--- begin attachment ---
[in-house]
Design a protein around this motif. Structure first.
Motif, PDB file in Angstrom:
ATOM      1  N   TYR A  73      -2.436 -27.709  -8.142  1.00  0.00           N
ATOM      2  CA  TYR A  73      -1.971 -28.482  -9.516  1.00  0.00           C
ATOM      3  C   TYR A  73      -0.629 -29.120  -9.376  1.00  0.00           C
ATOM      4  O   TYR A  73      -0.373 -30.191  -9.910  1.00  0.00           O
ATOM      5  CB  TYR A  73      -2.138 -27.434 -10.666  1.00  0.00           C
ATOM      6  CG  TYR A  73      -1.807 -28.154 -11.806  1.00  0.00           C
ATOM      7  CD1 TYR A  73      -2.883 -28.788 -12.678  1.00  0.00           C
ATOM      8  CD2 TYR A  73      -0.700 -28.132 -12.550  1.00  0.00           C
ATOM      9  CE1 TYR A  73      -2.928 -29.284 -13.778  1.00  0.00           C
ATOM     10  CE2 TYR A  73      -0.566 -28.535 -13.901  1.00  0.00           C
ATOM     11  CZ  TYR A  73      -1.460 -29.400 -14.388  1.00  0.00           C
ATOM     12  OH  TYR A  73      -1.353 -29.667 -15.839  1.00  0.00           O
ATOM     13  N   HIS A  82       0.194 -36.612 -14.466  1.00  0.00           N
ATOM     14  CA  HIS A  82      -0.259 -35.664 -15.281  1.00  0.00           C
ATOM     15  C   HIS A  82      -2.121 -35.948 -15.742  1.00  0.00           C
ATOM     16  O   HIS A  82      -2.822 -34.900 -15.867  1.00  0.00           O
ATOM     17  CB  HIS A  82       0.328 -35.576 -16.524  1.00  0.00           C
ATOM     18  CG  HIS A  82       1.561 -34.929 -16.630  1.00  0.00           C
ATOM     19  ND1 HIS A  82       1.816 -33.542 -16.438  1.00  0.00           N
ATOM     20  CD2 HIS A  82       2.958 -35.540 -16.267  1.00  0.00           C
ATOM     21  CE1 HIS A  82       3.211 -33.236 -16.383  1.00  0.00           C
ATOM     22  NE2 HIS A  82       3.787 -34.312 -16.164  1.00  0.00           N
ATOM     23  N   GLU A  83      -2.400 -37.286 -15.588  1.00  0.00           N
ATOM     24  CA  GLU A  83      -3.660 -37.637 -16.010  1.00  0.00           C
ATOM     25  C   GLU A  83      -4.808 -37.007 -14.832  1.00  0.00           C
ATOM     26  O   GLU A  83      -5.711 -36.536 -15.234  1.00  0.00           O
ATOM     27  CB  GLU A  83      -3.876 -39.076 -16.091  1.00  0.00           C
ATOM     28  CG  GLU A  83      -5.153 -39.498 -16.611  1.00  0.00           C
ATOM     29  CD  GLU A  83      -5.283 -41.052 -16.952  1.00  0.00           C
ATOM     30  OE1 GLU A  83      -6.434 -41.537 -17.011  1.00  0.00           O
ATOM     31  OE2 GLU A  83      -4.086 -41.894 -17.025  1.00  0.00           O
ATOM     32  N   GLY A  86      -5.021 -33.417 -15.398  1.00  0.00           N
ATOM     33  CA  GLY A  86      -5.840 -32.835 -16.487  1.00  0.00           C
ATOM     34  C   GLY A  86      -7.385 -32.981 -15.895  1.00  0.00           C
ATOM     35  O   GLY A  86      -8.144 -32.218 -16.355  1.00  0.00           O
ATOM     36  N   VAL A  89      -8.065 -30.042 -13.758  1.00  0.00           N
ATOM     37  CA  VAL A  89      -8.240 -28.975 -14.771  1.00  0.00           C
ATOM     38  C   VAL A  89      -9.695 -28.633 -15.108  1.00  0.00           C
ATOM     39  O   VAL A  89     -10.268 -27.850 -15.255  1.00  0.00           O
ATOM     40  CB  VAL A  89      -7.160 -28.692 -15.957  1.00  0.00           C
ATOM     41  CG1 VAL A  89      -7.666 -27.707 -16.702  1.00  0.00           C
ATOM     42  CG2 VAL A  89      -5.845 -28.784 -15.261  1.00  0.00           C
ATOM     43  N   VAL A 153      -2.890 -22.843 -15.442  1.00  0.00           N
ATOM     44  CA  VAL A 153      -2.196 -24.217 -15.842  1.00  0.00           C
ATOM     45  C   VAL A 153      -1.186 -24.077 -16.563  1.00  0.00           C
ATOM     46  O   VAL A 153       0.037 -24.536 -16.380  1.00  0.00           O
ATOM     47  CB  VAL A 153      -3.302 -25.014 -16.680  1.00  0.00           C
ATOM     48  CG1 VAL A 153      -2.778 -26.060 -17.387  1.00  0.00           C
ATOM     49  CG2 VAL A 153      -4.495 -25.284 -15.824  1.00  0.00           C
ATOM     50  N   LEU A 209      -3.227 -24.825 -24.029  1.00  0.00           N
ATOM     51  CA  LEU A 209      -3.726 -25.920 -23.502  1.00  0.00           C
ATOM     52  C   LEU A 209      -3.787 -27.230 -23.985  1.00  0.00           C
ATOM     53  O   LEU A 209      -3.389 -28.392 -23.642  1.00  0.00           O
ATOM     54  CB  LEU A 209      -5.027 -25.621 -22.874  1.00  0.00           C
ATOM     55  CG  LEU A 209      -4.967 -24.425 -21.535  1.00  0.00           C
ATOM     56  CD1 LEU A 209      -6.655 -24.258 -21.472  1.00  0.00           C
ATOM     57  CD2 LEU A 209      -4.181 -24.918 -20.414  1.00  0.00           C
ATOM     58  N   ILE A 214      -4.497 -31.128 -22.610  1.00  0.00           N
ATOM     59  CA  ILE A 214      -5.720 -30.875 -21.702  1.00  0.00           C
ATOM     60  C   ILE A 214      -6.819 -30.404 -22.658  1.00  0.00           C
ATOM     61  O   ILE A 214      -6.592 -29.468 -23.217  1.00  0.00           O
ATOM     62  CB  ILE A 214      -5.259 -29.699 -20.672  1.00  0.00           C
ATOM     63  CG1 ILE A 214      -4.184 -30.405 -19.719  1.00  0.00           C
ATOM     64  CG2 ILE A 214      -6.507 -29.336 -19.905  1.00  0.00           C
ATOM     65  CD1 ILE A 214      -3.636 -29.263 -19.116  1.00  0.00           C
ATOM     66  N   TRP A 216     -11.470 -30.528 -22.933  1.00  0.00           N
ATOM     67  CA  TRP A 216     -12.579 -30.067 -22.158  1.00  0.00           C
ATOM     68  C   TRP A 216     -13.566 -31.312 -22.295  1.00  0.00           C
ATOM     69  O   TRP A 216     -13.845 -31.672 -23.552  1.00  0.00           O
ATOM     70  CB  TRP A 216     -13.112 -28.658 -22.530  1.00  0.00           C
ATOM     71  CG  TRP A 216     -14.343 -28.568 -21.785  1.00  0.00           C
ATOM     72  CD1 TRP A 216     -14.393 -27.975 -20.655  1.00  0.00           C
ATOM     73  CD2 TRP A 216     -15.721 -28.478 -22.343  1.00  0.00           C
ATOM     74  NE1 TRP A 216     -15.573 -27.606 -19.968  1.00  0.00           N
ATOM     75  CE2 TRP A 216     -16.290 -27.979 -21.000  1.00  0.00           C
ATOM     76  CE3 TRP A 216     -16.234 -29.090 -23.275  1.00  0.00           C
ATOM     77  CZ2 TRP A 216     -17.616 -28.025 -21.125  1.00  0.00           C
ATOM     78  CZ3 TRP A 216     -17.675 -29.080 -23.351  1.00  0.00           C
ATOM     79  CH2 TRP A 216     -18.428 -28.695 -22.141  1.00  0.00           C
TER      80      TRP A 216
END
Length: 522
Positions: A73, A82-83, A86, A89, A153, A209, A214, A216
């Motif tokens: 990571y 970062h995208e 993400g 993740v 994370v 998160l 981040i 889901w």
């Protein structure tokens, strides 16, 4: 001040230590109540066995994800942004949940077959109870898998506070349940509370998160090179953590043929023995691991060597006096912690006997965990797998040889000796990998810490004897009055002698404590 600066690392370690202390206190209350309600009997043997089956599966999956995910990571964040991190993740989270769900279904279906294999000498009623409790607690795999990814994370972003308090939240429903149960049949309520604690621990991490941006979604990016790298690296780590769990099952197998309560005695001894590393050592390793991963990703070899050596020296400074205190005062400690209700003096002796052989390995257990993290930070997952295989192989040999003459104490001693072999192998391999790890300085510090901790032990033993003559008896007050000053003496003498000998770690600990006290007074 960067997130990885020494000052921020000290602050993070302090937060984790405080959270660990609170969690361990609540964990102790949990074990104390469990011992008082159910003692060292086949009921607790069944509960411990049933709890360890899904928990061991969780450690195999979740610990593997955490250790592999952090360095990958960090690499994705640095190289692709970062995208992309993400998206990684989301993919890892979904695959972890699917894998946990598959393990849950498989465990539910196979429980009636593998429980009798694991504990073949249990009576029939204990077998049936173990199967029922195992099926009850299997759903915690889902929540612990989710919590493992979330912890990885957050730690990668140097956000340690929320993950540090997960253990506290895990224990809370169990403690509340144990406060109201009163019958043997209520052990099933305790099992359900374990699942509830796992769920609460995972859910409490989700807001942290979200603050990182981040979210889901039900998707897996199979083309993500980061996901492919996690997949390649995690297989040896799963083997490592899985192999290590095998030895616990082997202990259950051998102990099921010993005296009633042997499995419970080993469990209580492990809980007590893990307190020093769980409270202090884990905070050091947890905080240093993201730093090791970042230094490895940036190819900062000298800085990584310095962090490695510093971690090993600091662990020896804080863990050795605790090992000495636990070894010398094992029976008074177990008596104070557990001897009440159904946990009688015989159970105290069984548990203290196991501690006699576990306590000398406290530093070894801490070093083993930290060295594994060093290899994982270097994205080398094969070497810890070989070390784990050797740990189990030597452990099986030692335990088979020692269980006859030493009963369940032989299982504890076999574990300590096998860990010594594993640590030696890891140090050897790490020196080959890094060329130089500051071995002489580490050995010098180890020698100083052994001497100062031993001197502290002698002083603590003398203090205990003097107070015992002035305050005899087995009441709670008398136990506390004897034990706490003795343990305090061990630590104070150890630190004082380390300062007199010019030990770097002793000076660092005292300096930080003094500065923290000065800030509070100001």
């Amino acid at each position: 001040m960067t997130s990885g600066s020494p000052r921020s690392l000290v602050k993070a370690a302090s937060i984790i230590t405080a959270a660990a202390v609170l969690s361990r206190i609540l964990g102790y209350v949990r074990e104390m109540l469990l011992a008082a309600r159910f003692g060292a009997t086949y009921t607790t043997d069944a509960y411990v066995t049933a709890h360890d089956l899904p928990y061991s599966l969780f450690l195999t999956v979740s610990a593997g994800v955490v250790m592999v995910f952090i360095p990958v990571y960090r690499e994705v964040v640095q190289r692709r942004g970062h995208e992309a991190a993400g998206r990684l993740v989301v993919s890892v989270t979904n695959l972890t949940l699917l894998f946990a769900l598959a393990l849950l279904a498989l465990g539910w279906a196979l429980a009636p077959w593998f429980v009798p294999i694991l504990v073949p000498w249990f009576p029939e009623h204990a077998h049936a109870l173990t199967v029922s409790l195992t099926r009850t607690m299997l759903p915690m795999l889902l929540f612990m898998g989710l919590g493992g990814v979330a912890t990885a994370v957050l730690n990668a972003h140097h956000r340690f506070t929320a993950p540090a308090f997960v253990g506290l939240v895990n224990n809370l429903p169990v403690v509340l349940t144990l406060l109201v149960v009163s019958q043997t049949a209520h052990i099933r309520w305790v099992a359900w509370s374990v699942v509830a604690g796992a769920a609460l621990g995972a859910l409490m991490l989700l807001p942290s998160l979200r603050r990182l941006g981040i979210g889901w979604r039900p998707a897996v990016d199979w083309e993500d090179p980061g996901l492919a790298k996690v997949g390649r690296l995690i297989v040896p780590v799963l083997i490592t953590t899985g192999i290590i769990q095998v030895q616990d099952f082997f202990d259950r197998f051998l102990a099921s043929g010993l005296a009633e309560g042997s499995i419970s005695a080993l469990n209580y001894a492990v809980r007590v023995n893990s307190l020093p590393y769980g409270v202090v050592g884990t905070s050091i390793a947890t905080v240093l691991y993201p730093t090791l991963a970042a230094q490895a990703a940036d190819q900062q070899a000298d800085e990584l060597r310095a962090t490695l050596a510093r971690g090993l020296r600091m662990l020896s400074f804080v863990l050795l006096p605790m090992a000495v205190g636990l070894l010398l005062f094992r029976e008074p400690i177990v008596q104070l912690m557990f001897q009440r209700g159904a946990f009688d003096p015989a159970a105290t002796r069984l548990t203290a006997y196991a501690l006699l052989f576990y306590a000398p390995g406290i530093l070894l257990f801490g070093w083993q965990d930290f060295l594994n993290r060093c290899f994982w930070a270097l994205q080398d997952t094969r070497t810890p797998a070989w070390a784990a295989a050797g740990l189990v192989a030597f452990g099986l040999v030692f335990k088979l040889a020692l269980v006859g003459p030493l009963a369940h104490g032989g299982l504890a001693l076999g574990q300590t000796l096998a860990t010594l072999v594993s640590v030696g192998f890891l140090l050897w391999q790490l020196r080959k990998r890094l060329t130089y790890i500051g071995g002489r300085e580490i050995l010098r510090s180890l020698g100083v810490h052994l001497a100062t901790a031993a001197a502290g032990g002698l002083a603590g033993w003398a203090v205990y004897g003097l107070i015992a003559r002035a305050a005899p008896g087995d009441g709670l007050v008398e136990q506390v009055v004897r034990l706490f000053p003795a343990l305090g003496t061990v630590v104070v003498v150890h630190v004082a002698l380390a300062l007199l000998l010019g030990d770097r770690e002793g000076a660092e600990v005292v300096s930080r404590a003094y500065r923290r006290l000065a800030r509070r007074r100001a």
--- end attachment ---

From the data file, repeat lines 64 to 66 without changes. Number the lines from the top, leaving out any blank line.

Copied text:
ATOM     61  O   ILE A 214      -6.592 -29.468 -23.217  1.00  0.00           O
ATOM     62  CB  ILE A 214      -5.259 -29.699 -20.672  1.00  0.00           C
ATOM     63  CG1 ILE A 214      -4.184 -30.405 -19.719  1.00  0.00           C